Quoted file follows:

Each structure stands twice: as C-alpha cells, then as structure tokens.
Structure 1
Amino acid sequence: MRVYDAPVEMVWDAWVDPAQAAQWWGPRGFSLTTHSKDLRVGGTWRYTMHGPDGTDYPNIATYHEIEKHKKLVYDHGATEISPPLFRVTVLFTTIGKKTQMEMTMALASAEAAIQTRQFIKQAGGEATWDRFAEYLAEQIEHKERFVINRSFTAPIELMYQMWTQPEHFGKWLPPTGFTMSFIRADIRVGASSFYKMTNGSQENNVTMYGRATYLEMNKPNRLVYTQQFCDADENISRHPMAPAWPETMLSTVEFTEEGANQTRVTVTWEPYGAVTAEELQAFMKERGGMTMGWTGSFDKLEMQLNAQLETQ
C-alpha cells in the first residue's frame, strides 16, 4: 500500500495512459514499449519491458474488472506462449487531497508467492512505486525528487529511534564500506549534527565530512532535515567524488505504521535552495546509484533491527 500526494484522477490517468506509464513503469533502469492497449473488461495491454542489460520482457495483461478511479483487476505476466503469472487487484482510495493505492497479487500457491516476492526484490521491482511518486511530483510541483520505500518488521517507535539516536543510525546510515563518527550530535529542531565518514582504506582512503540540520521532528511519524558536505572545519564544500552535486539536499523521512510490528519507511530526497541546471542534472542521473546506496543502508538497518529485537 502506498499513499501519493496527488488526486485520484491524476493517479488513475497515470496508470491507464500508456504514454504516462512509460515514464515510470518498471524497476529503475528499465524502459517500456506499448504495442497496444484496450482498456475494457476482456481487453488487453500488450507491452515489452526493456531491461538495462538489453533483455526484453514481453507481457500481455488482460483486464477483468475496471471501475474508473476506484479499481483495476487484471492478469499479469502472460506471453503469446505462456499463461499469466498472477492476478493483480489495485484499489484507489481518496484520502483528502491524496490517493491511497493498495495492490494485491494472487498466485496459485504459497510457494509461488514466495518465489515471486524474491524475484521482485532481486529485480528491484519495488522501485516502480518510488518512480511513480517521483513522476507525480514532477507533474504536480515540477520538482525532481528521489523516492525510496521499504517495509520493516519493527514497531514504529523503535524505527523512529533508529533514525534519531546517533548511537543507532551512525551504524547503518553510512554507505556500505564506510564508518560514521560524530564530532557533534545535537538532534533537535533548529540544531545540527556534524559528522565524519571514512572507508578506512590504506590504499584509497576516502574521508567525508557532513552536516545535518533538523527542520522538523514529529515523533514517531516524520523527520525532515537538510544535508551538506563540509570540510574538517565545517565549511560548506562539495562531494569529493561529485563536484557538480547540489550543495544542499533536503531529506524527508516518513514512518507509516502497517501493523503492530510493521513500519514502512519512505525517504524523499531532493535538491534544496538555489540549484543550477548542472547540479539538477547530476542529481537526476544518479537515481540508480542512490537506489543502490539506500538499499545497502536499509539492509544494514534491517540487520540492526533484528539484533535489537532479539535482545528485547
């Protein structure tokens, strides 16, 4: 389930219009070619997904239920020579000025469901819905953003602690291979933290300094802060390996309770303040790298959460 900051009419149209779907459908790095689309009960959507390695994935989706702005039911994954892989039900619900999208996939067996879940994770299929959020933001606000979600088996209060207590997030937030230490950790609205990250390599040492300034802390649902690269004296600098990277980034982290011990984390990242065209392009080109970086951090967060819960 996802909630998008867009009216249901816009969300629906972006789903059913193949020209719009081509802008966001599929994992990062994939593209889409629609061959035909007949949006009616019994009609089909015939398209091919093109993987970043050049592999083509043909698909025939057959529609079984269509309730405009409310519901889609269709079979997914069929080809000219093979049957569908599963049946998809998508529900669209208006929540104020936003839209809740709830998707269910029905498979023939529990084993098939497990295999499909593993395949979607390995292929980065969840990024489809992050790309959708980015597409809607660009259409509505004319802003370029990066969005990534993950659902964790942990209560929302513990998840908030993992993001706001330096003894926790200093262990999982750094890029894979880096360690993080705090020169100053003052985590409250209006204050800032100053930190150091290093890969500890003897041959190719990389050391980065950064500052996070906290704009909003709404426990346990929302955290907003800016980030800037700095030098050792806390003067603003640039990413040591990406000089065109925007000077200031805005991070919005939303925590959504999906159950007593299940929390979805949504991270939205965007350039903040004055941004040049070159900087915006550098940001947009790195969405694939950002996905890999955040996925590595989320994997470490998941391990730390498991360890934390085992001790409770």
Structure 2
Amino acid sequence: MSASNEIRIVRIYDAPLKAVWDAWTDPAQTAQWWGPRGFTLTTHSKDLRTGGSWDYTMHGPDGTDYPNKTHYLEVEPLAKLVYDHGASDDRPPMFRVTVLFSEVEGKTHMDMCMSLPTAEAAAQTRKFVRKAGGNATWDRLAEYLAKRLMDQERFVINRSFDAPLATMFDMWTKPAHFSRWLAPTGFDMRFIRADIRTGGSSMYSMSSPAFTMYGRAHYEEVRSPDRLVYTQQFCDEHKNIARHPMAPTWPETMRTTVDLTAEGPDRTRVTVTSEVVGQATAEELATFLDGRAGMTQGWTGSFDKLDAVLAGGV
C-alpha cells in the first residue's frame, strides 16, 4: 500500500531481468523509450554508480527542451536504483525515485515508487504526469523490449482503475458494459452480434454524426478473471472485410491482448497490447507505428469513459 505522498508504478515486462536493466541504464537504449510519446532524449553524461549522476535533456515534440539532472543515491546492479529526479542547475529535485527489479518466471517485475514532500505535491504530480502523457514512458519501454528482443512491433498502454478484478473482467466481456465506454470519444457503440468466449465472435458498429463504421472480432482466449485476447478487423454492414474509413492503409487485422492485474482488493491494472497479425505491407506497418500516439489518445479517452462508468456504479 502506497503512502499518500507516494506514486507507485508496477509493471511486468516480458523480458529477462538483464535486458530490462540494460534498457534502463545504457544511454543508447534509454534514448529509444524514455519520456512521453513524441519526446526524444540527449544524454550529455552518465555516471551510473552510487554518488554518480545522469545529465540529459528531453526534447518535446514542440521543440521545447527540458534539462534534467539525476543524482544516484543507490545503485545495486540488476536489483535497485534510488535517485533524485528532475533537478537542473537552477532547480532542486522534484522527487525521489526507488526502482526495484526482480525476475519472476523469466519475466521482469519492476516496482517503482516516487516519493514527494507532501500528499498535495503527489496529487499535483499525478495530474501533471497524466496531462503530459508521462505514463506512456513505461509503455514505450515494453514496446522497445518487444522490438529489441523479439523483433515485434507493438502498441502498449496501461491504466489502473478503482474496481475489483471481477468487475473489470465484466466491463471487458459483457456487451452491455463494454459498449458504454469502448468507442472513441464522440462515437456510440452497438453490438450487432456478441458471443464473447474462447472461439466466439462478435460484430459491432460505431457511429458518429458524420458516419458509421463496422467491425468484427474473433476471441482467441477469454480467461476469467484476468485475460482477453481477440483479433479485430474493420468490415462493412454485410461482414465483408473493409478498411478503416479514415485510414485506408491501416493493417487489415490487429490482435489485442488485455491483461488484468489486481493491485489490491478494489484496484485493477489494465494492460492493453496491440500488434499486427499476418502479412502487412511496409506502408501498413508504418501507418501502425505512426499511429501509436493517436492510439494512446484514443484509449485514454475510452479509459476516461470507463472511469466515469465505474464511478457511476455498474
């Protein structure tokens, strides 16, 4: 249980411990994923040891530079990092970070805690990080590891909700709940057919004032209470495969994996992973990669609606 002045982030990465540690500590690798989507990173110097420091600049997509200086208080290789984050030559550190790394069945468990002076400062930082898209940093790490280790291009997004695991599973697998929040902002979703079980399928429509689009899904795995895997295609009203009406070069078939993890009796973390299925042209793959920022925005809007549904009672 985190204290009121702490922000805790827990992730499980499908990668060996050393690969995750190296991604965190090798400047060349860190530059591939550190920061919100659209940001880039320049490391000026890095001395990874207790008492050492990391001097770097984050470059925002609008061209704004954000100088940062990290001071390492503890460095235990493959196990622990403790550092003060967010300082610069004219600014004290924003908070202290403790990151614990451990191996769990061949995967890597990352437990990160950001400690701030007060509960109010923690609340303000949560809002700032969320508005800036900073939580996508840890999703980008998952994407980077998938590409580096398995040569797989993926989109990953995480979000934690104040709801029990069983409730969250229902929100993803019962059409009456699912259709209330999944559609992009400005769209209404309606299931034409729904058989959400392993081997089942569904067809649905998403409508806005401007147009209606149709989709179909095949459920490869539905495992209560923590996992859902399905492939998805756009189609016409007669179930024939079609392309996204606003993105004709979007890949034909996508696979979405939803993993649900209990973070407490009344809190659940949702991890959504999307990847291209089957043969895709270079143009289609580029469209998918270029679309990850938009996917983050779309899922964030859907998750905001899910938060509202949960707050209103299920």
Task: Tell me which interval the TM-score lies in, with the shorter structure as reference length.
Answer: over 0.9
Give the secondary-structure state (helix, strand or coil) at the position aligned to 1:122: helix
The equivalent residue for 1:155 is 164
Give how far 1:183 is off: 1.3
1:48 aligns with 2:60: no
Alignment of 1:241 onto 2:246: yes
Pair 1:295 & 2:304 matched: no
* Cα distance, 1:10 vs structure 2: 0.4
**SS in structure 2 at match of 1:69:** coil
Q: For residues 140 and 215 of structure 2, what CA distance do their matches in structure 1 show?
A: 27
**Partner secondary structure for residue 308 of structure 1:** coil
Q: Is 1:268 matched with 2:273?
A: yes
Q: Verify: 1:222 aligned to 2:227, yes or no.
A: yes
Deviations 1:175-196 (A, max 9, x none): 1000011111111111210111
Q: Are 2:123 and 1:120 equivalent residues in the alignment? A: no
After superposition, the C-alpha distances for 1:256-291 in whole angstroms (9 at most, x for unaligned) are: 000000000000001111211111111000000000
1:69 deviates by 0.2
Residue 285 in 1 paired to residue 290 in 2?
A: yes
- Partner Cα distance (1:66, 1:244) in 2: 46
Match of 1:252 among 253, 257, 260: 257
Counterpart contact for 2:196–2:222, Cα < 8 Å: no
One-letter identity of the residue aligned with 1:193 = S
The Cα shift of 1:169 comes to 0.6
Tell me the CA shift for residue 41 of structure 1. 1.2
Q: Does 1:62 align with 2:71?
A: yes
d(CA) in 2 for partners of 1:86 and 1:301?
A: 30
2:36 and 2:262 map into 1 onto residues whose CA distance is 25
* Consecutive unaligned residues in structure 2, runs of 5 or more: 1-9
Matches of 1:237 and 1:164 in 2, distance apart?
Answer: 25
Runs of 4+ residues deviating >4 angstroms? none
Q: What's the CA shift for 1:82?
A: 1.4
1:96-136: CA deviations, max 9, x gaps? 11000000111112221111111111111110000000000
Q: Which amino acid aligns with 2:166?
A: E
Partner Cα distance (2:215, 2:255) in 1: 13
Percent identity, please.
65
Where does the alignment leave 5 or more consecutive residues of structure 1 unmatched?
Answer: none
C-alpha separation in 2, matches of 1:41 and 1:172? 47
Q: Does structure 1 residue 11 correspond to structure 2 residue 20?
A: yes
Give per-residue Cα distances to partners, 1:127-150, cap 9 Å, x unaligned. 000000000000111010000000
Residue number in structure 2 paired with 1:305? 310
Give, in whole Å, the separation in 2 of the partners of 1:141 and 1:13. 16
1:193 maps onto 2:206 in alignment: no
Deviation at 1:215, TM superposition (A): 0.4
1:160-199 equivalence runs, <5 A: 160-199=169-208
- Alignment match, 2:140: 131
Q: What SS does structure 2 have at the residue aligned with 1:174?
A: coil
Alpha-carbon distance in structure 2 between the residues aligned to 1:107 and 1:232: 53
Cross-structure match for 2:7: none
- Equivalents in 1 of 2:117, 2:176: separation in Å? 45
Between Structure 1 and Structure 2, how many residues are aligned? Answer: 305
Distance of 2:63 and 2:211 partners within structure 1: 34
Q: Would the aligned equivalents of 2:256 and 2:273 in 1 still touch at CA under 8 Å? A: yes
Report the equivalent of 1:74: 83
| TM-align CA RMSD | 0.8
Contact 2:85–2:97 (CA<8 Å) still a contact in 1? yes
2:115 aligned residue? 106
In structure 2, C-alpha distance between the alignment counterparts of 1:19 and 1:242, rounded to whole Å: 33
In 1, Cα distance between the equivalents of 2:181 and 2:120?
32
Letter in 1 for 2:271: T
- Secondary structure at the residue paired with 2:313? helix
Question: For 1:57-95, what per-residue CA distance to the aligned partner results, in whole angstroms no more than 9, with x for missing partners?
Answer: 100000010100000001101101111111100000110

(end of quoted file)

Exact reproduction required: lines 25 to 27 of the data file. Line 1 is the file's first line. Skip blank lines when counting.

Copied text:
Q: Verify: 1:222 aligned to 2:227, yes or no.
A: yes
Deviations 1:175-196 (A, max 9, x none): 1000011111111111210111